I do not know about you, but I have discovered that being on the receiving end of forgiveness is easier than having to forgive others.
The difficulty arises most often when I am asked to extend forgiveness.
A woman badly hurt me a few years ago. She said hurtful things about me, and her words cut deeply. When I was a young girl, we used to smugly sing, “Sticks and stones may break my bones, but words will never hurt me.” But, boy, is that untrue!
To be honest, it took me a while to work through the betrayal and disappointment of that situation. Getting to a place of forgiveness was very difficult.
God’s grace prevents our hurts and disappointments from turning our hearts to poison.
God reminded me of Joseph in the Bible (Genesis 37–50). Joseph had lots of reasons not to extend grace. His brothers despised him, threw him in a pit, abandoned him, and sold him to Egyptians. His master wrongfully imprisoned him, and largely forgot him.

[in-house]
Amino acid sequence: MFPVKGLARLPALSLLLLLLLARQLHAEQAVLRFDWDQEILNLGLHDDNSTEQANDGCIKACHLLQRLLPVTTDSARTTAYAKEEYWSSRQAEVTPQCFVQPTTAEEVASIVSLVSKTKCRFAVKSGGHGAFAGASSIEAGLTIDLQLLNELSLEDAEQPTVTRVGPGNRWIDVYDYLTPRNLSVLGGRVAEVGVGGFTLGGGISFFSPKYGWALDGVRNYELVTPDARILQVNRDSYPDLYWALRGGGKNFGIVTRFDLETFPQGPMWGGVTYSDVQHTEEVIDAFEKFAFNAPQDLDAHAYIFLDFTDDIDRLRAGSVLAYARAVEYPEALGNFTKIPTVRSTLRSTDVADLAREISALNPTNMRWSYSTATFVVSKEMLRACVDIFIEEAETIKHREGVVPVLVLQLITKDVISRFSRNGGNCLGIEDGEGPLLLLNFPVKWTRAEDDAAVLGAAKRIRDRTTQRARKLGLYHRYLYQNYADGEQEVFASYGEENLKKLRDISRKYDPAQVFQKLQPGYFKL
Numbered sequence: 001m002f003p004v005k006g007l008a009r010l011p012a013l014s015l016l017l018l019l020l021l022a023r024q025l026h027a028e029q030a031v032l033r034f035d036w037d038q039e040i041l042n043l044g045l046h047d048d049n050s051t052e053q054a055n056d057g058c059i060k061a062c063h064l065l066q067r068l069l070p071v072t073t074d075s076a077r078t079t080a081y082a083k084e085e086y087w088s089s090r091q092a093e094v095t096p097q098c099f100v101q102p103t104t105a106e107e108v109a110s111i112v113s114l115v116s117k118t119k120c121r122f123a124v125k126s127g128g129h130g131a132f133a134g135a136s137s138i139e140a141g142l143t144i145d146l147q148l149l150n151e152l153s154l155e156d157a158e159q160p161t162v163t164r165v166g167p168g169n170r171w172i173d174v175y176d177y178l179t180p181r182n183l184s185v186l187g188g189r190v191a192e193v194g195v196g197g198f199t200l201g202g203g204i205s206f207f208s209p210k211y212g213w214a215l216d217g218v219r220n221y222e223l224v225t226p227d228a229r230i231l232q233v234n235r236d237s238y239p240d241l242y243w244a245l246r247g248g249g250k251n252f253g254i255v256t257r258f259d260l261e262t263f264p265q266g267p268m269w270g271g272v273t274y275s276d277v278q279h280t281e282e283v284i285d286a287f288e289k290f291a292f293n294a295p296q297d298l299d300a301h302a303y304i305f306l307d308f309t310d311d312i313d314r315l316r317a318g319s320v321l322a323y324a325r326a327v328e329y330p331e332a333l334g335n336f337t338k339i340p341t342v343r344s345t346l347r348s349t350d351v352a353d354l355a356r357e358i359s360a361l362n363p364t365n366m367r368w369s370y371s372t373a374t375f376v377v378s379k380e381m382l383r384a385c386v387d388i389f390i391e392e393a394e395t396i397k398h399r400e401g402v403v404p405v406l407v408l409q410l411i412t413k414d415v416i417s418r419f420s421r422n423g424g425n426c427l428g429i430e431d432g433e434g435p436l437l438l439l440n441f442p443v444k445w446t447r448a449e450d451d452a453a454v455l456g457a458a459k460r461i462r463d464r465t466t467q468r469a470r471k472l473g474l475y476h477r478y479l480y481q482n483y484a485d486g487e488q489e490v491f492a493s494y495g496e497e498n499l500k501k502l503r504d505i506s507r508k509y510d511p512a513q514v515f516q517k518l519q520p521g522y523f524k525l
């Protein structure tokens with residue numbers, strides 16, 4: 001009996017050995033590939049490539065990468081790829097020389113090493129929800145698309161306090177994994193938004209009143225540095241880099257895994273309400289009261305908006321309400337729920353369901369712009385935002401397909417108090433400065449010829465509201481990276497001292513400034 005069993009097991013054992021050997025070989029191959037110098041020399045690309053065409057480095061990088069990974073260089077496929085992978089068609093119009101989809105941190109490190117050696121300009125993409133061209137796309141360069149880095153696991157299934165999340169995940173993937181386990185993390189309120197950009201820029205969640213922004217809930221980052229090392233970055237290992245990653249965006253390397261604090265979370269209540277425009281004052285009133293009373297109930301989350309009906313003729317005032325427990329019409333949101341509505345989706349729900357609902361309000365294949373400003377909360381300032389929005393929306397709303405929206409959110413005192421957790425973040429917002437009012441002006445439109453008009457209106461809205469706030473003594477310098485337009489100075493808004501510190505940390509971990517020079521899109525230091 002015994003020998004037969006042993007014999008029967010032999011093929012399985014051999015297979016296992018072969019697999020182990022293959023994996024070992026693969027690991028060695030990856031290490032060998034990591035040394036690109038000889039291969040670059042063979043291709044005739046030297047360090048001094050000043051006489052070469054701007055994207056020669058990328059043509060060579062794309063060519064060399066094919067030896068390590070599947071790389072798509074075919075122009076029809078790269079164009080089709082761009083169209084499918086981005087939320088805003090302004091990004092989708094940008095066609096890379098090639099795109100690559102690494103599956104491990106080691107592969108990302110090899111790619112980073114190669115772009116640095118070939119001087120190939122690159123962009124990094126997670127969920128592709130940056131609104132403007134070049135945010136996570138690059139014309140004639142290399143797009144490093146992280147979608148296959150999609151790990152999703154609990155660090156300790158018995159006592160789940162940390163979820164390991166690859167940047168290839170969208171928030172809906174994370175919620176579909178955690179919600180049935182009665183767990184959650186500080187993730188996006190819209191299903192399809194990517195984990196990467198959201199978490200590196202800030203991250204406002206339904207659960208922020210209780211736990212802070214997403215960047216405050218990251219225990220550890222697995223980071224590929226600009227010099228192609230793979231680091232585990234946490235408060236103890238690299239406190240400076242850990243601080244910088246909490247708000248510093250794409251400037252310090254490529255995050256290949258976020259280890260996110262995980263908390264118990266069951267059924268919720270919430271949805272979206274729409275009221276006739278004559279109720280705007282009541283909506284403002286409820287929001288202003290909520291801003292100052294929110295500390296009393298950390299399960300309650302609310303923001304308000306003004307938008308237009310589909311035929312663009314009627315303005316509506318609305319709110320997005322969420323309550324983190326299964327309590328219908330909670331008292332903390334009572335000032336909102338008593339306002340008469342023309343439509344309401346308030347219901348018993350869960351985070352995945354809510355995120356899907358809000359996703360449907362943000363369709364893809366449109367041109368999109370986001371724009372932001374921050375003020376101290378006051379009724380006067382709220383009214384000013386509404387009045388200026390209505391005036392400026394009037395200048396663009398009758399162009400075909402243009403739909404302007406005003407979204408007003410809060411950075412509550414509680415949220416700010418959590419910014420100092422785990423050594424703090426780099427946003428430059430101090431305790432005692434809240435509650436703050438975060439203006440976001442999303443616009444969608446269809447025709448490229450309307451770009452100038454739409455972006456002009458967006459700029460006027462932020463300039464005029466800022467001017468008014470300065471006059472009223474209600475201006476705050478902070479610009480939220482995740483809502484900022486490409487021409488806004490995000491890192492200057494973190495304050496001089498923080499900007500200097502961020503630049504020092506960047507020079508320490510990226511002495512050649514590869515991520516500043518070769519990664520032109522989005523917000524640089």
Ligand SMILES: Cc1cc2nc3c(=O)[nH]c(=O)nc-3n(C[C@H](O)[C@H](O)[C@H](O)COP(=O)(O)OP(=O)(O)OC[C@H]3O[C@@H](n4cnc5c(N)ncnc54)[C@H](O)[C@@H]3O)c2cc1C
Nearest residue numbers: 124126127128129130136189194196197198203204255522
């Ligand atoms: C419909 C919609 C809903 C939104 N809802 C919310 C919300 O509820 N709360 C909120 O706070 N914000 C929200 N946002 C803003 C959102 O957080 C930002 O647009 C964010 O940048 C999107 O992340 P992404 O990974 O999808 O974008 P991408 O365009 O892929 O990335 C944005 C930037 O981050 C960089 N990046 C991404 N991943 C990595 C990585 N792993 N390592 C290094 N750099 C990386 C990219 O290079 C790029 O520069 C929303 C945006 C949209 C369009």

But God’s grace was extended to him, and eventually Joseph was released from prison and elevated to the position of second in command in Egypt.
Even more amazing is the forgiveness Joseph extended to his brothers when they were finally reunited.
Joseph responded to their repentance by saying, “You intended to harm me, but God intended it all for good.” (Genesis 50:20).
Joseph did something brave: he mercifully forgave his brothers, who despised him and abandoned him to die.
Likewise, when we are hurt by the actions of others, we can draw on the grace that God has lavished on us to give to others.
Today, my heart has finally healed from my painful relationship.
Even more so, I am grateful for the chance to extend forgiveness and grace to others as our gracious Father does for us.
*For further reflection, listen to Ephesians 4.